Errant version 2: The Kinetic Propensity of Images (2019) is a project about the automatic analysis and visualization of motion in the cinema. A newly designed machine learning algorithm decomposes the movement in every sequence of a movie into a set of elementary motions. These elementary motions are then recombined to produce a reconstruction of the visible movement in the sequence. The analysis and reconstruction are displayed as a two-channel video installation. The visualization of the movement uses a variant of the streakline method often employed in fluid dynamics.
The following image is an instance of the left channel. The original movie frame is shown together with eight motion factors discovered by the algorithm.
The featured image is an instance of the right channel for the same frame. The movement at that instant is reconstructed by combining the eight motion factors.
The algorithm for this work has been completely redesigned from the original version of this project. That version produced a dictionary that contains many different factors. These factors were often redundant and sometimes very difficult to interpret. Version 2.0 uses a different approach for both data representation and data factorization that produces a smaller and more interpretable dictionary. The original algorithm produced a different dictionary for every shot. Algorithm 2.0 learns one single dictionary for the entire film, so that viewers can more easily compare and contrast the activation patterns of different sequences.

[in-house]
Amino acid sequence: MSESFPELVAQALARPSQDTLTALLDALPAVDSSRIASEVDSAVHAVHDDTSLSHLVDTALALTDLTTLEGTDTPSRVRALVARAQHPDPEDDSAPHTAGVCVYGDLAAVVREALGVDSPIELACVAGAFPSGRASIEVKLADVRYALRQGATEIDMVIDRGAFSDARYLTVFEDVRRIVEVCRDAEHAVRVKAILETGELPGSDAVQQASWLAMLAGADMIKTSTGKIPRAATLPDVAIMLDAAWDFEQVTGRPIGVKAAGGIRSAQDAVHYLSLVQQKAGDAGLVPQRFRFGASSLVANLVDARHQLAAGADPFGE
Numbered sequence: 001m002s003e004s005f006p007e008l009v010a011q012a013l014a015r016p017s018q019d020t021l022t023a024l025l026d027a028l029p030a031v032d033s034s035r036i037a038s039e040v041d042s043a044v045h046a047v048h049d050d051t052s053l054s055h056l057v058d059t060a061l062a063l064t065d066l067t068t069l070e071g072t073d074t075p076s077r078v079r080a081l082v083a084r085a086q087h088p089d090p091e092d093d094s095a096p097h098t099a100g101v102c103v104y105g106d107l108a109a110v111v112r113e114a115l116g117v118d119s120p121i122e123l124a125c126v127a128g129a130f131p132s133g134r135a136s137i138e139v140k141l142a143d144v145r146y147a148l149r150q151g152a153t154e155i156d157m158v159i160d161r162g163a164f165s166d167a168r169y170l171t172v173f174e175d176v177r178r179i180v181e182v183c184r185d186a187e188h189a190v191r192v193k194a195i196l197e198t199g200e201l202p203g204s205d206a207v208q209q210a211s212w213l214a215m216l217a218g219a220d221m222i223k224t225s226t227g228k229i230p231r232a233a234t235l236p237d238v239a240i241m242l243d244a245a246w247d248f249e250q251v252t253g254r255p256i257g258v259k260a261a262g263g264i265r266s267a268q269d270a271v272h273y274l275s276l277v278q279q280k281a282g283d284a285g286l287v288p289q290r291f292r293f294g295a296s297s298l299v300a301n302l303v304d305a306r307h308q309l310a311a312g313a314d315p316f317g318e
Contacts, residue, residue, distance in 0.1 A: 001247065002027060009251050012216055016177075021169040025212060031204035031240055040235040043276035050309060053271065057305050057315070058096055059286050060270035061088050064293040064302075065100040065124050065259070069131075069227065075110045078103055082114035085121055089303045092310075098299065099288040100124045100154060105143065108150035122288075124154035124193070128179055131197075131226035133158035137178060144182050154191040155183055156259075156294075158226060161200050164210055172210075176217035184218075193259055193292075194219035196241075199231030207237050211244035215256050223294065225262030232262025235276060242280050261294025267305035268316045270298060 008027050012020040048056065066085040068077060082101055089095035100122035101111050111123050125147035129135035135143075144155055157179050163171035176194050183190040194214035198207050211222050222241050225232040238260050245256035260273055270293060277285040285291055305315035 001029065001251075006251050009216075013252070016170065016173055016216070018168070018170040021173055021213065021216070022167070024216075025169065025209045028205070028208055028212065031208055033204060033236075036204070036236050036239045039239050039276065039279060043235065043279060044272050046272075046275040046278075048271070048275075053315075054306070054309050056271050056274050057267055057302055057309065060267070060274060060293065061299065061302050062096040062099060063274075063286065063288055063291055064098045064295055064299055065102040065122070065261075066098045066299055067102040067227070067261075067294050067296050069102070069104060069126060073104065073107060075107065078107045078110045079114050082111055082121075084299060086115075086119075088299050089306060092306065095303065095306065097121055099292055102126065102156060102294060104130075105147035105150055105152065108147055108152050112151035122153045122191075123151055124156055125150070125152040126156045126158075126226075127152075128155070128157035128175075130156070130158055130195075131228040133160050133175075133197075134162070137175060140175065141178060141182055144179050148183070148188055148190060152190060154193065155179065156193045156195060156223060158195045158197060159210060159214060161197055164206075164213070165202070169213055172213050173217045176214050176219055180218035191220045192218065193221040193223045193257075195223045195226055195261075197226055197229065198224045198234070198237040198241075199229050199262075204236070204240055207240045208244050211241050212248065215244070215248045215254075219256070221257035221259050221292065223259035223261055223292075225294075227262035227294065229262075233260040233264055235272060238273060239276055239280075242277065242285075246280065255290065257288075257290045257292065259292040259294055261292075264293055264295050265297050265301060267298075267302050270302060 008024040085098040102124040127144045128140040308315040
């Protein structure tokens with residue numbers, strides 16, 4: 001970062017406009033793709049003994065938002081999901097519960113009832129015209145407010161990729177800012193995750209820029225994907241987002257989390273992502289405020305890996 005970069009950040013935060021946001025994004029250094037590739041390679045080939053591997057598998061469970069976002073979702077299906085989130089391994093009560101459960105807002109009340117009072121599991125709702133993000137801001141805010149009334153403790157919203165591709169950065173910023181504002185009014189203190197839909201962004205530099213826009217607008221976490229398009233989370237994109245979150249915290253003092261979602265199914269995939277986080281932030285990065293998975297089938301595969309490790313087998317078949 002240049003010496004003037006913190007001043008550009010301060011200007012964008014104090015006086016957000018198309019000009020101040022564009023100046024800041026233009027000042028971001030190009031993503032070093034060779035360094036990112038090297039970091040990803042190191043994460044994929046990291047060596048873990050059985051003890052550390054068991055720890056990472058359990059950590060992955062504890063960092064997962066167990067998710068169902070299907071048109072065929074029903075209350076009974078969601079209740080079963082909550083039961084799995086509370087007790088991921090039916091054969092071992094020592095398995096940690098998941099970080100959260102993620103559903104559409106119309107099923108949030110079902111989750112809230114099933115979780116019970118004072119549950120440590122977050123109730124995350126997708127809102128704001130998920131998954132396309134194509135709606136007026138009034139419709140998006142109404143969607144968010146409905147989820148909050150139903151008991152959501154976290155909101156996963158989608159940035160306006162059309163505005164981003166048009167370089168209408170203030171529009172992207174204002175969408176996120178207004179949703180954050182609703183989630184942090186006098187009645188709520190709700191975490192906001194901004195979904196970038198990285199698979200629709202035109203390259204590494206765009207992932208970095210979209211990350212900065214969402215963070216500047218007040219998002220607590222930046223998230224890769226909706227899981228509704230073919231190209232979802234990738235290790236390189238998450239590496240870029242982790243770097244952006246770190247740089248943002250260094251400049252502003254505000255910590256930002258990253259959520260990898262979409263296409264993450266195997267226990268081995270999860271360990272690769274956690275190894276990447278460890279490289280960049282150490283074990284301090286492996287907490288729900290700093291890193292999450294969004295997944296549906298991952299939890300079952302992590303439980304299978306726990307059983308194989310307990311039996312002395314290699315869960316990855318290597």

The movie being analyzed is Ugetsu Monogatari (Mizoguchi Kenji, 1953). This cinematic text was selected mainly for its carefully choreographed long takes. But there is a sociopolitical subtext to the choice of both film and machine learning methodology.
The machine learning algorithms used to analyze and synthesize motion are all specifically designed for this work, but they are variants of methods primarily used for the purpose of crowd control and abnormal movement detection. This project is a “detournement” of surveillance techniques to analyze and foreground movements in movies that attack authoritarianism. More specifically, the film chosen was made by Mizoguchi as a response to the Second World War, and more specifically, to a situation where people were dominated by their own fascistic and militaristic governments. The motions in the film are closely related to this situation.
The original version of this work was commissioned by Linda Lai for the exhibition Algorithmic Art: Shuffling Space and Time, held at the Hong Kong City Hall, December 27 2018 – January 10 2019.